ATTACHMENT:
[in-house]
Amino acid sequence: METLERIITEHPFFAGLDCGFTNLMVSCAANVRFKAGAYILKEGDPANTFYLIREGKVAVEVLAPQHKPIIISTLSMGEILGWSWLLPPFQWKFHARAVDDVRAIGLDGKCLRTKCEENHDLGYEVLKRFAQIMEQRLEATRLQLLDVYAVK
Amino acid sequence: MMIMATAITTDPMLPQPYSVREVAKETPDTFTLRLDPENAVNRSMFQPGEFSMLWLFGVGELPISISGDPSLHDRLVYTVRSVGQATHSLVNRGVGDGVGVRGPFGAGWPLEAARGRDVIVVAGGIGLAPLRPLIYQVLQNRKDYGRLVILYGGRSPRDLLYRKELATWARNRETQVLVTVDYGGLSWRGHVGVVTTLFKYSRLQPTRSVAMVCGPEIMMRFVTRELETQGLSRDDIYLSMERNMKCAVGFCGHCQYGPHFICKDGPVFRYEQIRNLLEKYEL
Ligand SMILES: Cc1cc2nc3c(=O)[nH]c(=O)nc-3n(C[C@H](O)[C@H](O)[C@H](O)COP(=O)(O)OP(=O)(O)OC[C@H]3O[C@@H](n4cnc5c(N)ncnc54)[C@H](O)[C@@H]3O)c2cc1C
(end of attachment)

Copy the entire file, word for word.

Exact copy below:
[in-house]
Amino acid sequence: METLERIITEHPFFAGLDCGFTNLMVSCAANVRFKAGAYILKEGDPANTFYLIREGKVAVEVLAPQHKPIIISTLSMGEILGWSWLLPPFQWKFHARAVDDVRAIGLDGKCLRTKCEENHDLGYEVLKRFAQIMEQRLEATRLQLLDVYAVK
Amino acid sequence: MMIMATAITTDPMLPQPYSVREVAKETPDTFTLRLDPENAVNRSMFQPGEFSMLWLFGVGELPISISGDPSLHDRLVYTVRSVGQATHSLVNRGVGDGVGVRGPFGAGWPLEAARGRDVIVVAGGIGLAPLRPLIYQVLQNRKDYGRLVILYGGRSPRDLLYRKELATWARNRETQVLVTVDYGGLSWRGHVGVVTTLFKYSRLQPTRSVAMVCGPEIMMRFVTRELETQGLSRDDIYLSMERNMKCAVGFCGHCQYGPHFICKDGPVFRYEQIRNLLEKYEL
Ligand SMILES: Cc1cc2nc3c(=O)[nH]c(=O)nc-3n(C[C@H](O)[C@H](O)[C@H](O)COP(=O)(O)OP(=O)(O)OC[C@H]3O[C@@H](n4cnc5c(N)ncnc54)[C@H](O)[C@@H]3O)c2cc1C